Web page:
- 1 Can the voltage regulator be controlled by the PCM?
- 2 How do I know if my voltage regulator is bad?
- 3 What happens if you remove a voltage regulator?
- 4 How do you test a PCM voltage regulator?
- 5 Does the PCM control the alternator?
- 6 Can you drive with a bad voltage regulator?
- 7 What causes voltage regulator failure?
- 8 How much does it cost to replace a voltage regulator?
- 9 Can you replace a voltage regulator?
- 10 What are the signs of a failing alternator?
- 11 Do alternators have built in voltage regulators?
- 12 Is 16 volts too high?
- 13 How does a PCM regulate alternator output?
Can the voltage regulator be controlled by the PCM?
Our PCM voltage control module will give the user complete control of the voltage setpoint while retaining OEM integration on PCM controlled charging systems. Our module can either be programmed to a fixed voltage or allow for adjustable voltage while maintaining battery light function.
How do I know if my voltage regulator is bad?
Symptoms of a bad voltage regulator may include:
- High voltage output.
- Low voltage output, sometimes.
- No voltage output.
- Lights dim or flicker.
- Faulty high-beam headlamp bulbs.
- Engine working erratically (weak or flickering ignition system)
- Adding water to the battery frequently.
What happens if you remove a voltage regulator?
The voltage regulator in your vehicle is in charge of keeping the right amount of electrical power flowing consistently to certain parts of your car. This means if the voltage regulator is broken, the components in your electrical system might only work erratically or not at all.
How do you test a PCM voltage regulator?
You can make another simple system check by connecting a low-current test light, duty-cycle meter or oscilloscope to the ground-side field terminal. Then restart the engine. If the regulator is toggling the ground side of the field on and off, then the test light should blink.
Does the PCM control the alternator?
The PCM sends a 5-volt, variable duty cycle signal to the terminal to control the alternator voltage set point.
Can you drive with a bad voltage regulator?
A bad voltage regulator may cause it to simply not work or behave erratically. You’re not likely to be able to start the car at all, but even if you could, it wouldn’t be wise to do so without knowing how fast you’re driving, how much fuel you have left, and other critical info.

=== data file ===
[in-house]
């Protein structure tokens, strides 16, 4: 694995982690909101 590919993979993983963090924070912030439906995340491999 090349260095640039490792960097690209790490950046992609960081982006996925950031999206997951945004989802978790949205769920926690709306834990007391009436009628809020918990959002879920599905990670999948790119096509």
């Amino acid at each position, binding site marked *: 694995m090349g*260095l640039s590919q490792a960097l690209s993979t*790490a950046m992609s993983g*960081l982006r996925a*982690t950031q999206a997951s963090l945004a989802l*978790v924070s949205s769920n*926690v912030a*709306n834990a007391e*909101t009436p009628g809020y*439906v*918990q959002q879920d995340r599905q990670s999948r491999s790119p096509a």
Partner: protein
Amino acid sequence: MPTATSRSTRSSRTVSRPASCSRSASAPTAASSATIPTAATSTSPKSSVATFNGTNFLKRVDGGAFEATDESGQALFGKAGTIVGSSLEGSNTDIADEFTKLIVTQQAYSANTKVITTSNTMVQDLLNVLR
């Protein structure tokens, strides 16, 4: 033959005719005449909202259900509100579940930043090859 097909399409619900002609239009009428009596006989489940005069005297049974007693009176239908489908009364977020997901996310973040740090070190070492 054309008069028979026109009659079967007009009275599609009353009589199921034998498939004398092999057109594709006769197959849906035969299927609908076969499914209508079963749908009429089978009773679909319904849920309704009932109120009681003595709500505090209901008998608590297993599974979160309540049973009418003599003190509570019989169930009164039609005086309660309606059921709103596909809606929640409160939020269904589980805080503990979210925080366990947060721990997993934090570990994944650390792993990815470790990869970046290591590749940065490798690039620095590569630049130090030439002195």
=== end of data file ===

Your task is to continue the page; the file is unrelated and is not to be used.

What causes voltage regulator failure?
They usually fail because they’re under rated for the constant current draw. Running the motor with the battery disconnected – or even a poor contact on the battery terminals – can also blow them.
How much does it cost to replace a voltage regulator?
Between $451 and $519 is the average cost for a voltage regulators replacement. The cost of labor is between $258 and $326 while the cost of parts is $193.
Can you replace a voltage regulator?
Remove the screws or bolts holding the regulator to the car frame, or alternator, using a wrench or screwdriver. Position the new regulator, aligning it with the holes on the alternator or car frame. Install the mounting screws through the holes in the new regulator and tighten them, by turning them clockwise.
What are the signs of a failing alternator?
7 Signs of a Failing Alternator
- Dim or Overly Bright Lights.
- Dead Battery.
- Slow or Malfunctioning Accessories.
- Trouble Starting or Frequent Stalling.
- Growling or Whining Noises.
- Smell of Burning Rubber or Wires.
- Battery Warning Light on Dash.
Do alternators have built in voltage regulators?
Some alternators required revving the engine to a certain RPM in order to excite the alternator so it would turn on and start charging. External voltage regulators are eliminated and built into the alternator itself.
Is 16 volts too high?
For some alternators, it’s normal to see as low as 13 volts. For some, a constant 13.6 volts is an indication of a problem. For others, it’s normal to see as high as 16 volts for long stretches. Still, it’s perfectly normal for others to see the alternator not charge at all intermittently.
How does a PCM regulate alternator output?
The PCM senses the battery voltage via terminal B, also referred to as Kelvin sense. The PCM controls a PWM signal to the field (F terminal) to control the field strength and alternator output.